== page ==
Kathleen and Julia

 Two Remarkable Women from the Birmingham slums

Hockley is an inner city area in Birmingham England, lying north west of the famous Jewellery Quarter. It is known nowadays, it at all, though the books of Kathleen Dyas whose autobiographical reminiscences THE GIRL FROM HOCKLEY were read on Radio 4, and rightly so. It is the remarkable story of a remarkable woman, living in the tough conditions of the inner city slums after the death of Queen Victoria but in the jerry built houses of the Victorian era.  In the inner city before and after the First World War, to live as most people did constantly around the poverty line meant the Workhouse was an ever present threat. Most of the people who lived there and whose lives were shaped by these grim Victorian slums have been forgotten, but Kathleen Dyas nee Greenhill, and Julia Maria Fisher, nee Lane, the subjects of this site were memorable and deserve to be celebrated. Kathleen Dyas has become famous through her writing. Julia Fisher’s story, lived in obscurity, deserves to be better known.

As the writing of Kathleen Dyas shows, the life of the white working class in the slums of the early twentieth century could be vibrant and produce remarkable people. Her autobiographical writings show that cruel fate could be overcome with resilience and intelligent effort. She was one very remarkable woman who demonstrates this truth. The other woman who is the subject of this website showing that life in the slums could be more than survival was my  mother, Julia Maria Fisher.

Like Kathleen Dyas she was born at the turn of the twentieth century but in Shropshire from a Birmingham mother and Shropshire father. She returned with her mother to live her life in Hockley after the premature death of her father shortly before the Great War.  Kathleen Dyas lived a life with significant parallels to that of my mother -and significant differences. Kathleen’s story can be read at length in her own words. Julia’s story is unwritten. This part of the site will recall her story as best I can. It is of course a partisan view. I adored my mother and supported her in her struggles as best I could. These reminiscences will show why she was in her way as remarkable as Kathleen Dyas.

Kathleen Dyas grew up in the area of Hockley nearest to the Jewellery Quarter. She only ever knew Birmingham life. My mother, Julia Maria – lovely names for a lovely woman – was born in Shropshire but lived in the more northerly part of Hockley known as All Saints after coming back with her widowed mother. Her fondest memories were of Brookfields, a small and still occupied section of good housing near the old Brindley canal, but on the whole she loathed living in Birmingham. She knew the ups and downs of working class life, from the Workhouse to the Respectable life of Brookfields, when her family recovered its fortunes in the inter war years, and then back down the social scale to the classic slums of Hockley before being rehoused in a council house with my father and I for the last years of her life.  Both women experienced life in Hockley,  but in very different ways.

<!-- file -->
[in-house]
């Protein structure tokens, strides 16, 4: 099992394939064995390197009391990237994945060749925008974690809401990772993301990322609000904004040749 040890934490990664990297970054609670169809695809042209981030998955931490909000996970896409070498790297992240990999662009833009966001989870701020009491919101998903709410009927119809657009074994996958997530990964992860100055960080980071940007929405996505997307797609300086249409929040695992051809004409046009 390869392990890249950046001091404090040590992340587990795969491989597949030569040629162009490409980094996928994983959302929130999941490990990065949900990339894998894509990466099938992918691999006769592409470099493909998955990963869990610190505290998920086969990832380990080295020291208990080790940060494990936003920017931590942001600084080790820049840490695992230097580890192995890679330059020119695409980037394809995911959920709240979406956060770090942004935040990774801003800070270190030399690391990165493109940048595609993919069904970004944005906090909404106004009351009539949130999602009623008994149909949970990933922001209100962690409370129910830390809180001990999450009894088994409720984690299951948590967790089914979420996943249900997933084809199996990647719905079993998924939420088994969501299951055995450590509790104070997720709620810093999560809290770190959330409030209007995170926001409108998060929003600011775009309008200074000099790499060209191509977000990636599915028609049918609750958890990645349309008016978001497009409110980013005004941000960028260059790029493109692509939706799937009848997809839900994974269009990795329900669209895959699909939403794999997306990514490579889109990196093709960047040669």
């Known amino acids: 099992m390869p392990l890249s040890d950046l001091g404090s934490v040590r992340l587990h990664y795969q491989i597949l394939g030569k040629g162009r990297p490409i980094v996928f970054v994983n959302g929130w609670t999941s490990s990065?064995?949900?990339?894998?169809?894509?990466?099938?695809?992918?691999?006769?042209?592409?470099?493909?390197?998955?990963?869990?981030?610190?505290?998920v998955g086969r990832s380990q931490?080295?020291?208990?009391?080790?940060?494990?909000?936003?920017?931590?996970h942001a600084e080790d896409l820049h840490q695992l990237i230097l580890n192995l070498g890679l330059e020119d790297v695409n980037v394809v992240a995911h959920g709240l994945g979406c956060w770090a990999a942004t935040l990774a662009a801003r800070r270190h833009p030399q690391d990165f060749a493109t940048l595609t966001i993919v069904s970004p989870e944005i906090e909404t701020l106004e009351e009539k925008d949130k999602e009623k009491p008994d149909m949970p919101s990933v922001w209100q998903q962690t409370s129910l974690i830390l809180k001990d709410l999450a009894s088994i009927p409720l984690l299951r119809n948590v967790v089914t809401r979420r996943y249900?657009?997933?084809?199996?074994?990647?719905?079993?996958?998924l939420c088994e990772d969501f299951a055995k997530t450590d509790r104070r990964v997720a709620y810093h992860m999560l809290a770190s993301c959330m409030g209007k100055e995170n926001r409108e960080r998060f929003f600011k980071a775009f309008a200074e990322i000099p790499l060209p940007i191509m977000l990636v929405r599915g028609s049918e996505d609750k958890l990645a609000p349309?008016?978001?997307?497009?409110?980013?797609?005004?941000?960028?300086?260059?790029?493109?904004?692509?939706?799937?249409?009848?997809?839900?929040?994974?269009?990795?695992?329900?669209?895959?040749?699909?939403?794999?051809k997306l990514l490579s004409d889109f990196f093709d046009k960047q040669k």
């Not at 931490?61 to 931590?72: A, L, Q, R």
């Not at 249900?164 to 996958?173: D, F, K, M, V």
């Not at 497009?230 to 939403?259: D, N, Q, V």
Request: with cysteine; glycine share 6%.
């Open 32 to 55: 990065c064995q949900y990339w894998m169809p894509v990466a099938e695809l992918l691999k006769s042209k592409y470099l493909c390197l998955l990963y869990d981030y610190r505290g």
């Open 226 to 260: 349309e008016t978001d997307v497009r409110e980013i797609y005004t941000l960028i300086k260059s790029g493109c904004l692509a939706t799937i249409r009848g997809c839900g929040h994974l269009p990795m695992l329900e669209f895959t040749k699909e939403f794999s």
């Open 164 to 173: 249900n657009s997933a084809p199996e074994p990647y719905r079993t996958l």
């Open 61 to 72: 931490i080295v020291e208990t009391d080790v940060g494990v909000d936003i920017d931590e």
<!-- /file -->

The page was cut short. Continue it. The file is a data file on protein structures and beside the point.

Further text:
I have written about Victorian Hockley in the section on the Classic Slum. The Hockley of the Victorian period has vanished, as the light industry and canals and railways which created its economy are obsolete and mostly removed long ago. Parts of old Hockley are still standing though most have gone – the school that I and my mother attended was knocked down in August 2015, forty odd years after its closure. It stood next to great gash of the Great Western Railway train cutting, with All Saint’s Church standing between the school and the canals.  All Saint’s Church and its parish defined central Hockley, which was known politically as All Saint’s. The church was where my parents were married in 1940 and which they attended till moving to Ladywood after slum clearance. The vicar who married them, Norman Power, wrote an influential book in the 1960s, The Forgotten People, which sums up the conditions in the slums after the Second World War. It contributed to the move to demolish the slums. Kathleen Dyas’ original home had already been swept away – by Hitler’s bombers.

Both Kathleen, and Julia, who never met, had only an elementary education and yet were very literate, a positive note for a schooling which was very much better than the slums they were living in and remained so when they became primary schools after the 1944 Education Act. They attended different elementary schools, left school aged 14 to become badge makers – technically enamellers – in the Jewellery Quarter in the interwar years and enjoyed a measure of financial security. Enamelling was a skilled job, making them artisans, and offering a secure income though recession could and did hit the trade leading to unemployment. For Kathleen her work was to offer her a way to resolve her many problems after her first marriage went sour. Part of the appeal of her writings is the way she overcame the hammer blows of her first husband’s death and the brutal loss of her son, partly by using her skills as an enameller to earn a living. For her, being a working woman was a blessing.

Julia was from the respectable working class, a slightly higher rung in the social ladder. My father, though a decent and honest working man, accepted the orthodox gender roles of their time, by which married respectable women stayed at home and looked after children. My mother bitterly resented this, but could never escape back to work. It is one of the reasons why their stories are very different. Kathleen escaped her fate, Julia never did. The other major difference is ill health. Though Kathleen talks of being malnourished, her long life and healthy family tell its own story – she was not cursed with  crippling illnesses, which were inescapable for my mother though she was not incapacitated until into her seventies. My mother had serious health problems including total deafness and she never had genuine personal freedom at any time in her later years which sadly my father made worse by inflexible attitudes. But he could not help her being ill, though his inflexibility probably contributed to her having a nervous breakdown. Not for nothing is there a working class saying, “as long as you’ve got your health”. Lose it, and your ability to function is severely damaged.